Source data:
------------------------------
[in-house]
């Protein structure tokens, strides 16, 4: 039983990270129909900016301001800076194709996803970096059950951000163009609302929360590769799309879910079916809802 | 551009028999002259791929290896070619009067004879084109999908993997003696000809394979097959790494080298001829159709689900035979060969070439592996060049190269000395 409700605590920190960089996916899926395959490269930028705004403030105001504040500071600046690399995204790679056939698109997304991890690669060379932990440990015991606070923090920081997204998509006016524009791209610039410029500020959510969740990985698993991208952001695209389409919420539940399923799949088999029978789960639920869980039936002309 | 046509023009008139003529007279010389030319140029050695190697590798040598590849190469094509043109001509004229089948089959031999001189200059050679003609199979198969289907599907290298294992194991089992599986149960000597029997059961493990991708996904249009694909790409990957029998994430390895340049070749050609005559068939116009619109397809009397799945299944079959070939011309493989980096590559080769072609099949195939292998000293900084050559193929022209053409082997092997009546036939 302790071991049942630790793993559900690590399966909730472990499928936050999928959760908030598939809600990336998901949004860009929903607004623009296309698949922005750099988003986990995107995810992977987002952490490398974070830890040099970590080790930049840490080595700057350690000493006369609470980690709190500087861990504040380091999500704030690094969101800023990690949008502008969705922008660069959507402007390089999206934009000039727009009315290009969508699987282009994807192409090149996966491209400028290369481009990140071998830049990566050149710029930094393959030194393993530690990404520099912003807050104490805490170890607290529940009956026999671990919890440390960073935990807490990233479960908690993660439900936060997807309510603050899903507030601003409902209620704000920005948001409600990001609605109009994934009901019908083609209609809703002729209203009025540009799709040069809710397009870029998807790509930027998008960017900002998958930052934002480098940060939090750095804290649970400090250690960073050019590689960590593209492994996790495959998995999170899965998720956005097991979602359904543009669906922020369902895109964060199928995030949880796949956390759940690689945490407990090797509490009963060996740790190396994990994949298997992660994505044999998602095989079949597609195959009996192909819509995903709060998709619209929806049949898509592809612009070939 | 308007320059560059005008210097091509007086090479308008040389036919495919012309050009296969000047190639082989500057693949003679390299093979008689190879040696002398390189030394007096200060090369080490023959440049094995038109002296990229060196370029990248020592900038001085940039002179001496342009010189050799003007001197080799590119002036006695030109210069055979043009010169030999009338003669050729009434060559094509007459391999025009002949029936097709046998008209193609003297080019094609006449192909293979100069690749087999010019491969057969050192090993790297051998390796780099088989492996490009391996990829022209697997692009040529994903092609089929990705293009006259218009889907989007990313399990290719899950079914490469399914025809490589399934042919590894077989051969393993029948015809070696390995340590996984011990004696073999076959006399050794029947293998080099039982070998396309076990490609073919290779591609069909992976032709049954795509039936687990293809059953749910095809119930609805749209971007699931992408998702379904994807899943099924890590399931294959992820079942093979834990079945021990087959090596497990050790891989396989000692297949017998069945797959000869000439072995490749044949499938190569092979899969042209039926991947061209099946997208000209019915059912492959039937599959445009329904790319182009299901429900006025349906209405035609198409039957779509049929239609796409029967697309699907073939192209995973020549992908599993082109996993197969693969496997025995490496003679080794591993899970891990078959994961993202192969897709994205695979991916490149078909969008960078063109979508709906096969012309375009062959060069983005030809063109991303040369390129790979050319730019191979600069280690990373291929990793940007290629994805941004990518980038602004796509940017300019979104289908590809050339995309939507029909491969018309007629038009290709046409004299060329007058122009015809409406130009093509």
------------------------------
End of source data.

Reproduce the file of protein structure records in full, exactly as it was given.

[in-house]
């Protein structure tokens, strides 16, 4: 039983990270129909900016301001800076194709996803970096059950951000163009609302929360590769799309879910079916809802 | 551009028999002259791929290896070619009067004879084109999908993997003696000809394979097959790494080298001829159709689900035979060969070439592996060049190269000395 409700605590920190960089996916899926395959490269930028705004403030105001504040500071600046690399995204790679056939698109997304991890690669060379932990440990015991606070923090920081997204998509006016524009791209610039410029500020959510969740990985698993991208952001695209389409919420539940399923799949088999029978789960639920869980039936002309 | 046509023009008139003529007279010389030319140029050695190697590798040598590849190469094509043109001509004229089948089959031999001189200059050679003609199979198969289907599907290298294992194991089992599986149960000597029997059961493990991708996904249009694909790409990957029998994430390895340049070749050609005559068939116009619109397809009397799945299944079959070939011309493989980096590559080769072609099949195939292998000293900084050559193929022209053409082997092997009546036939 302790071991049942630790793993559900690590399966909730472990499928936050999928959760908030598939809600990336998901949004860009929903607004623009296309698949922005750099988003986990995107995810992977987002952490490398974070830890040099970590080790930049840490080595700057350690000493006369609470980690709190500087861990504040380091999500704030690094969101800023990690949008502008969705922008660069959507402007390089999206934009000039727009009315290009969508699987282009994807192409090149996966491209400028290369481009990140071998830049990566050149710029930094393959030194393993530690990404520099912003807050104490805490170890607290529940009956026999671990919890440390960073935990807490990233479960908690993660439900936060997807309510603050899903507030601003409902209620704000920005948001409600990001609605109009994934009901019908083609209609809703002729209203009025540009799709040069809710397009870029998807790509930027998008960017900002998958930052934002480098940060939090750095804290649970400090250690960073050019590689960590593209492994996790495959998995999170899965998720956005097991979602359904543009669906922020369902895109964060199928995030949880796949956390759940690689945490407990090797509490009963060996740790190396994990994949298997992660994505044999998602095989079949597609195959009996192909819509995903709060998709619209929806049949898509592809612009070939 | 308007320059560059005008210097091509007086090479308008040389036919495919012309050009296969000047190639082989500057693949003679390299093979008689190879040696002398390189030394007096200060090369080490023959440049094995038109002296990229060196370029990248020592900038001085940039002179001496342009010189050799003007001197080799590119002036006695030109210069055979043009010169030999009338003669050729009434060559094509007459391999025009002949029936097709046998008209193609003297080019094609006449192909293979100069690749087999010019491969057969050192090993790297051998390796780099088989492996490009391996990829022209697997692009040529994903092609089929990705293009006259218009889907989007990313399990290719899950079914490469399914025809490589399934042919590894077989051969393993029948015809070696390995340590996984011990004696073999076959006399050794029947293998080099039982070998396309076990490609073919290779591609069909992976032709049954795509039936687990293809059953749910095809119930609805749209971007699931992408998702379904994807899943099924890590399931294959992820079942093979834990079945021990087959090596497990050790891989396989000692297949017998069945797959000869000439072995490749044949499938190569092979899969042209039926991947061209099946997208000209019915059912492959039937599959445009329904790319182009299901429900006025349906209405035609198409039957779509049929239609796409029967697309699907073939192209995973020549992908599993082109996993197969693969496997025995490496003679080794591993899970891990078959994961993202192969897709994205695979991916490149078909969008960078063109979508709906096969012309375009062959060069983005030809063109991303040369390129790979050319730019191979600069280690990373291929990793940007290629994805941004990518980038602004796509940017300019979104289908590809050339995309939507029909491969018309007629038009290709046409004299060329007058122009015809409406130009093509």